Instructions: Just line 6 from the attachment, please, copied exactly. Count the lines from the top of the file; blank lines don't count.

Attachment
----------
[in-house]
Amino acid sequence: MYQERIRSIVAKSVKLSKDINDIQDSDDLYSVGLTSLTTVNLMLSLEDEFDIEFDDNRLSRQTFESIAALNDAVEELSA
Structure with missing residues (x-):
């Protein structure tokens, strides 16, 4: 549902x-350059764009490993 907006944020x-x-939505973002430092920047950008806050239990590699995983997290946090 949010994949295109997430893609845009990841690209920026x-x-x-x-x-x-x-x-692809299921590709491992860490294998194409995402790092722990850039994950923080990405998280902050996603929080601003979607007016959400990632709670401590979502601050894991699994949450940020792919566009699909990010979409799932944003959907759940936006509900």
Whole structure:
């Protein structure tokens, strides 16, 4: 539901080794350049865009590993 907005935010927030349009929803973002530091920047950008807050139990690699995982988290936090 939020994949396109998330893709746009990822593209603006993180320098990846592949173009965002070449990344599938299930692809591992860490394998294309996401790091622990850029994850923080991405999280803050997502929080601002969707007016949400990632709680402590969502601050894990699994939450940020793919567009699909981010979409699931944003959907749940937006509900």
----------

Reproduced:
């Protein structure tokens, strides 16, 4: 539901080794350049865009590993 907005935010927030349009929803973002530091920047950008807050139990690699995982988290936090 939020994949396109998330893709746009990822593209603006993180320098990846592949173009965002070449990344599938299930692809591992860490394998294309996401790091622990850029994850923080991405999280803050997502929080601002969707007016949400990632709680402590969502601050894990699994939450940020793919567009699909981010979409699931944003959907749940937006509900």